When she was six, she lived in a remote seaside barrio two hours away from the provincial capital (which itself is seven hours away by land from Manila). The women watched over the kids, and the men fished. That year, a coal power plant was built in the middle of the sea, and she saw, framed by the forest-like legs of the adults, the legions of trucks and boats that hauled steel and cement day in and day out. Once erected, the facility gave a soft whirring sound, endless like the crashing of waves, and a single yellow light, perched atop the smokestack, became a familiar sight in what used to be total darkness. His brother, who was studying then at a state college in the city and came home during the weekends, would often take her by the shore. Together they’d watch this light briefly illuminate the sea or, if it was low tide, the many bent bodies collecting snails and crabs from the waterlogged plain.
Years later, fair-skinned, foreign-looking men in suits knocked on their door and told his father, who was barangay chairman, of their plans to restore the town’s decimated mangrove forest. Could he get some men to help them? And so the boats and nets were briefly abandoned for propagules – mangrove seedlings – that had to be bought all the way from a province five hours away. The task, from acquisition to the actual planting, made his father scarce around the house, but her mother for some reason had never been happier. Fried chicken, once an opulence that only appeared on birthdays and Christmas, was served one Saturday night, and the three of them – she, her mother, and her brother – had just finished eating when a curious craving for ice cream struck her mother. She fished a bill from her pocket and sent her off.
She closed the door gently upon going out.
The town’s only ice cream parlor was near the plaza. It was a 30-minute walk away, and she was already halfway there (having just passed the church with the towering green-ivory spires) when she realized she had forgotten to ask which flavor her mother wanted. Afraid to make a wrong choice, she hesitantly turned around and retraced her steps. A ringing silence welcomed her home, the television and all the lights switched off except in the bedroom where everyone slept. She was already 13 then; she understood things – once, a boy from school touched her there and a split-second jolt ran down her gut – and so she could ascertain what her mother must be feeling. Her mother, whose legs were spread bare and whose lips quivered ajar. It was, she noiselessly assumed, her brother’s doing; why else would his hand be where it was?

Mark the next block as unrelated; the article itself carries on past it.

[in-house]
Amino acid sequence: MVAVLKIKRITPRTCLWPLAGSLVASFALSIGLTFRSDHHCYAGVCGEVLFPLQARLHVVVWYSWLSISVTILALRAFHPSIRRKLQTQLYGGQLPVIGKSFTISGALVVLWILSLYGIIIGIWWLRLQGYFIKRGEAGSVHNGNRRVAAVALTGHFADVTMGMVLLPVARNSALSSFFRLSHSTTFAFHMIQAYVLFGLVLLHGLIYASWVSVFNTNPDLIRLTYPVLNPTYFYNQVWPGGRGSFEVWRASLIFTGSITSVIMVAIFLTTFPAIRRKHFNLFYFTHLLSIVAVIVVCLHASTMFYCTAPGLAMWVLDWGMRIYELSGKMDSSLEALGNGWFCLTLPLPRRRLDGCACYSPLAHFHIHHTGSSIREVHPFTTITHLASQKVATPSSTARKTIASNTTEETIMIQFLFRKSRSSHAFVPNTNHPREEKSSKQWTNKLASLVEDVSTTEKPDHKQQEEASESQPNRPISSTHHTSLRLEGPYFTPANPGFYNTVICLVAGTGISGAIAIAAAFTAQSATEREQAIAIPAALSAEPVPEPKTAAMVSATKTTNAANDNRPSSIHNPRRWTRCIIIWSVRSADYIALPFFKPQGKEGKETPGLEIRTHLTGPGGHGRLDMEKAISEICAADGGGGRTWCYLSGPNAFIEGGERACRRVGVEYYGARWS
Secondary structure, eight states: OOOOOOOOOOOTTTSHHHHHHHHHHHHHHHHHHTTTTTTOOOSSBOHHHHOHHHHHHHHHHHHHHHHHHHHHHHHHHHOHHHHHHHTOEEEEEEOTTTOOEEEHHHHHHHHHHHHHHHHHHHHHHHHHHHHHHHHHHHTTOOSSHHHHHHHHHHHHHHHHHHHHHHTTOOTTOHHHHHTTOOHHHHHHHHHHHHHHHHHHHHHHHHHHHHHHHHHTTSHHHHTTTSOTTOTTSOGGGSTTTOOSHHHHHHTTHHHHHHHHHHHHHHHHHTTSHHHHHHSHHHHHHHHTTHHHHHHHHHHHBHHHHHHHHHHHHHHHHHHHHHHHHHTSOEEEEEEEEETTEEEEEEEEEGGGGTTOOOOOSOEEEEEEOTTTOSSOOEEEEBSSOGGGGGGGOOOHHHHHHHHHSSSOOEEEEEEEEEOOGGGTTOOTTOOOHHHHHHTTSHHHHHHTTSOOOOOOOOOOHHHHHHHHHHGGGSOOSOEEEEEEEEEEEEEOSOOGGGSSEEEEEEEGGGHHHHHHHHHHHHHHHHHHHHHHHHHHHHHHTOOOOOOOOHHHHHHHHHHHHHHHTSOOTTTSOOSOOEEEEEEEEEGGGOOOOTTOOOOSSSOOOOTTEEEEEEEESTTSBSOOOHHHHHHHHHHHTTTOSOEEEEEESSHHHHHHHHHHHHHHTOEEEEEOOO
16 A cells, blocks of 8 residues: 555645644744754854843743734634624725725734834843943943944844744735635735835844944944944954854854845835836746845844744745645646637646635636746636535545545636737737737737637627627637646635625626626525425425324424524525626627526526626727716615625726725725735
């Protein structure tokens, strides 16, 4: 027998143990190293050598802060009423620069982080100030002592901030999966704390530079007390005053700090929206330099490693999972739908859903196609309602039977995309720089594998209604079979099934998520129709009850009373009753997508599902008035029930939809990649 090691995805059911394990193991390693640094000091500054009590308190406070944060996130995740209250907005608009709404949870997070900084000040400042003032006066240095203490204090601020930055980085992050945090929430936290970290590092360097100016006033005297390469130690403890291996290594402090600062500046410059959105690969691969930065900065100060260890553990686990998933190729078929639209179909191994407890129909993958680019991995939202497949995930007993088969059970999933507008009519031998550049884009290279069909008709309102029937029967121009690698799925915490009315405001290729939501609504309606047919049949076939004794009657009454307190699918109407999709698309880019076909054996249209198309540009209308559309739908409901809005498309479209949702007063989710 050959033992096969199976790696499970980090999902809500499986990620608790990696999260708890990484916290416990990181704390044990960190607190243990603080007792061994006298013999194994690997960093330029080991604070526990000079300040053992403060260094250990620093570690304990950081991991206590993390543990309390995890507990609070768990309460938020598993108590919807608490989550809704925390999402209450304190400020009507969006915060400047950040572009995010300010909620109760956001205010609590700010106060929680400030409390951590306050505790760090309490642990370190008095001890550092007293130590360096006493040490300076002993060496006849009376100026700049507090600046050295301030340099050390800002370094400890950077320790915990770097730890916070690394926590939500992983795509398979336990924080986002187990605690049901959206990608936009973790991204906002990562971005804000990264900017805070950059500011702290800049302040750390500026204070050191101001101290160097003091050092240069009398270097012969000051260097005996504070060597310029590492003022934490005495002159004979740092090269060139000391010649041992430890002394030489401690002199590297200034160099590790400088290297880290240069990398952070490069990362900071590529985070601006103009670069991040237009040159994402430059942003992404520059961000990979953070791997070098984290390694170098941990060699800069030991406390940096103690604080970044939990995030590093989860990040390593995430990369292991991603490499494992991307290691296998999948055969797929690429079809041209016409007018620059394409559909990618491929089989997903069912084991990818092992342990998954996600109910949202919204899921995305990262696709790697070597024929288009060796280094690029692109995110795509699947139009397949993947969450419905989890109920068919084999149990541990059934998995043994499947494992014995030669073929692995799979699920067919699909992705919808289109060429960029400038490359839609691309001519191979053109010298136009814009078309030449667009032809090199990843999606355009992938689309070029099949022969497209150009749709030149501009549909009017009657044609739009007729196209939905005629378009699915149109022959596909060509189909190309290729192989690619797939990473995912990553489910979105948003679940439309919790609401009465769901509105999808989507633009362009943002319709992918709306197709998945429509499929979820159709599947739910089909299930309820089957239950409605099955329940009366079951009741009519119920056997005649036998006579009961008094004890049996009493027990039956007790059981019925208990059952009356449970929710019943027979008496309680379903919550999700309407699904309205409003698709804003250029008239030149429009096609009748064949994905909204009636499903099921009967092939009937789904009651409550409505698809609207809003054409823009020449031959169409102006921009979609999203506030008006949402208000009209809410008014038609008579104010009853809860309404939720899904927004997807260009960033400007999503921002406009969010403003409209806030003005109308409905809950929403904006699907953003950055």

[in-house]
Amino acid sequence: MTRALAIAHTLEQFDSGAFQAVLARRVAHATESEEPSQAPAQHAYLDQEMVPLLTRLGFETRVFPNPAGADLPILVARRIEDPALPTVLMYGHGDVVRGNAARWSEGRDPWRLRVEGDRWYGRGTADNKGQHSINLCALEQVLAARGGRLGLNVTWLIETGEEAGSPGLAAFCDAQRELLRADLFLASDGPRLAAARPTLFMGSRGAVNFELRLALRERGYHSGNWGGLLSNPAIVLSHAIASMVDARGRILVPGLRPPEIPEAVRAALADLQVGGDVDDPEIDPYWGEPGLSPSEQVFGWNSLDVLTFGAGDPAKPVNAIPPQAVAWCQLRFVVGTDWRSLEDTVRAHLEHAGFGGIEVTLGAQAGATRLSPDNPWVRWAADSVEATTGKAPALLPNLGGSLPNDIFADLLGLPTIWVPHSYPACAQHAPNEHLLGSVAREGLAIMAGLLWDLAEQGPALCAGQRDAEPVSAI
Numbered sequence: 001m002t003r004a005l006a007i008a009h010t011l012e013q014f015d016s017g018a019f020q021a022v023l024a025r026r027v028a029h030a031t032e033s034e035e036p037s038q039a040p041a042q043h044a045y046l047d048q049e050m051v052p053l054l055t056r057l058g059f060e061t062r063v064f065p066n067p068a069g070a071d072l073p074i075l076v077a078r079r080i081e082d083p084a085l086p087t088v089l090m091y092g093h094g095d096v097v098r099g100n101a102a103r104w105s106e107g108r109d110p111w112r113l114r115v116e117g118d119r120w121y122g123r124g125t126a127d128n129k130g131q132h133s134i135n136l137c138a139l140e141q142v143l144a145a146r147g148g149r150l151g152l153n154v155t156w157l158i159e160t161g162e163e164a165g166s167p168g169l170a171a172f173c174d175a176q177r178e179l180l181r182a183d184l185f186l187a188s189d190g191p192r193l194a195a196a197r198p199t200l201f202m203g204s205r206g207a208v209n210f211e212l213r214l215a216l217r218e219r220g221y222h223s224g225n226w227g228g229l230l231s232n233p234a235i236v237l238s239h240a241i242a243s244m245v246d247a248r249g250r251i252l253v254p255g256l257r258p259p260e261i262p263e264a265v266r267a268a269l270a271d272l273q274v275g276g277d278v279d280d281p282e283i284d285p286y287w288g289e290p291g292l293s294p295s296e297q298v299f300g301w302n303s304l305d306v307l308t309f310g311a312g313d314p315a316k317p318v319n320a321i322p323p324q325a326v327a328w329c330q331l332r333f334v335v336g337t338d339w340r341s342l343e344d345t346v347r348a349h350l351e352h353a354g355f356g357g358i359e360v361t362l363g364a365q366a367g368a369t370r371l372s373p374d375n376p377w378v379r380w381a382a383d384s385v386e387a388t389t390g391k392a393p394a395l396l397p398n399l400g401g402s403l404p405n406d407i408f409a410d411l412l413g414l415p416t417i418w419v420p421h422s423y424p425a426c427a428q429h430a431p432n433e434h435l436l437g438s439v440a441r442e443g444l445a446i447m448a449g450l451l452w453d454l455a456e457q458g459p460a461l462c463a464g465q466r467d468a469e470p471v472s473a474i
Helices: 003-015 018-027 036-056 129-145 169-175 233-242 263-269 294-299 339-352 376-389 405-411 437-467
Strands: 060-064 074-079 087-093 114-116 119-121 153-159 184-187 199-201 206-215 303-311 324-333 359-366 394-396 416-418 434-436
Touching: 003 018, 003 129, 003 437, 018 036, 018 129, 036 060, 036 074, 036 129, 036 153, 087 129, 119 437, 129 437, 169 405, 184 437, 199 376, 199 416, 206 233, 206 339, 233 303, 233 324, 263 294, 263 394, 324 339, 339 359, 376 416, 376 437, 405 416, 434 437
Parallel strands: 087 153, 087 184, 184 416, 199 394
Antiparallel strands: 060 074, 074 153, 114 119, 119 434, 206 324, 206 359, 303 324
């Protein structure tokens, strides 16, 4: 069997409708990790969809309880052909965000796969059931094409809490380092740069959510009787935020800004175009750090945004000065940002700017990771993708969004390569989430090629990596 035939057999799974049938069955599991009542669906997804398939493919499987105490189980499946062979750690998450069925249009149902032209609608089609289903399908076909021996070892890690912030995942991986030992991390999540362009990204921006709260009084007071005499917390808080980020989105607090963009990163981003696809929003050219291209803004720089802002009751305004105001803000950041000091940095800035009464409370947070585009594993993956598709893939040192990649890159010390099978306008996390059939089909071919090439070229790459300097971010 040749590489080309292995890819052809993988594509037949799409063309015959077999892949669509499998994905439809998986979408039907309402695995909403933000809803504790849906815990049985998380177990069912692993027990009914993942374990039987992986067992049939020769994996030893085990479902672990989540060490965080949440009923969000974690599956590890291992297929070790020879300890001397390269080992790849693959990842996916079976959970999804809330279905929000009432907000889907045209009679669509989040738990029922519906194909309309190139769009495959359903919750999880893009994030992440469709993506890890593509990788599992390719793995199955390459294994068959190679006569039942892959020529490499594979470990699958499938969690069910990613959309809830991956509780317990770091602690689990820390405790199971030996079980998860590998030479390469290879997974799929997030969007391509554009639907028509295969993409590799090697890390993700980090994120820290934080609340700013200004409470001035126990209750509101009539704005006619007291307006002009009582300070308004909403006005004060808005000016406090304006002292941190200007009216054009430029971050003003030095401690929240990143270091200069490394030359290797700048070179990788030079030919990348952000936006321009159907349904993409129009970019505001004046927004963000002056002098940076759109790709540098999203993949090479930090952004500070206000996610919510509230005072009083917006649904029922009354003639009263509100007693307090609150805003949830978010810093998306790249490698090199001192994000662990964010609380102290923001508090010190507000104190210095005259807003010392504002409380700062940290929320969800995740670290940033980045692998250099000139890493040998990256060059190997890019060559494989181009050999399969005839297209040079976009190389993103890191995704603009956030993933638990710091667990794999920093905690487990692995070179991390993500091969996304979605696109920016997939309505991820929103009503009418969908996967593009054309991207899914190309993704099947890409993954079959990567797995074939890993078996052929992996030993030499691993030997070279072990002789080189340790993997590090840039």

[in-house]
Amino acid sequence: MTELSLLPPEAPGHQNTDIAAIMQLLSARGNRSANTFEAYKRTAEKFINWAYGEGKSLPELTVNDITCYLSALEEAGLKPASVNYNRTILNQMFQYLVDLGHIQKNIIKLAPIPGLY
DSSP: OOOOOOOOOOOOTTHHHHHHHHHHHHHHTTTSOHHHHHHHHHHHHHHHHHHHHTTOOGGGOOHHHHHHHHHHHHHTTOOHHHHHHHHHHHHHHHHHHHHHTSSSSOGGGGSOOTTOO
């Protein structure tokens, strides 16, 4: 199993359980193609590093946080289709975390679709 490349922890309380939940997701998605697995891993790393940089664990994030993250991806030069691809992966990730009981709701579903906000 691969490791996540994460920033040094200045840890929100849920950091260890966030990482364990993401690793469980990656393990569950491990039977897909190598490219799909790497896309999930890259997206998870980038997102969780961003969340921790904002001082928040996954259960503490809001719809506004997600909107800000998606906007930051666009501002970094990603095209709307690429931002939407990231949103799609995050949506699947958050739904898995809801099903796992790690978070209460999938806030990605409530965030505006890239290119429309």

This scene flashed in her mind now, three decades later, as she tried to look anywhere but her son’s face, fidgeting as it was under the white light of her office. Are you and Pa free on Sunday? Without thinking, she reached for her phone, clicked on the calendar, and went to Sunday. There’s brunch with a good friend at 10am, but other than that (and the usual plans to catch up on sleep), the day was all clear. And so she nodded.
She may have even smiled, although in truth the grin meant to shrug off a rogue question, namely, What happened, son? this unsaid inquiry that in hindsight may have brought on the impure reminiscence in the first place.
At least this piece of news – and the accompanying memory – offered a fringe benefit: as her son’s footsteps now fade toward the elevator landing, she put her interlaced hands atop the wide table. She thought about progress. How she had forced her legs to sprint from the rustling house that fateful night, how she took her time on her way back, and how her mother and brother complained but still gamely ate the watery chocolate ice cream. She made a silent vow to herself that night before sleeping. After graduating from college, she traveled two hours away to the provincial capital and another seven, in a rickety bus, to Manila. When she applied at the head office of the Japanese firm that owned the power plant, her many precious anecdotes about her childhood barrio charmed the bosses and landed her the job, and over the next 20 years, she negotiated the corporate ladder with a hunger that her city-bred counterparts lacked.
This was progress: the proud ability of respite-taking. She now walked down the carpeted hallway of her department, wordlessly, past her secretary’s table, past the cubicles where heads randomly bobbed, past the reception desk. She pressed Down, to get to the basement parking lot. She was not in the mood for fried chicken.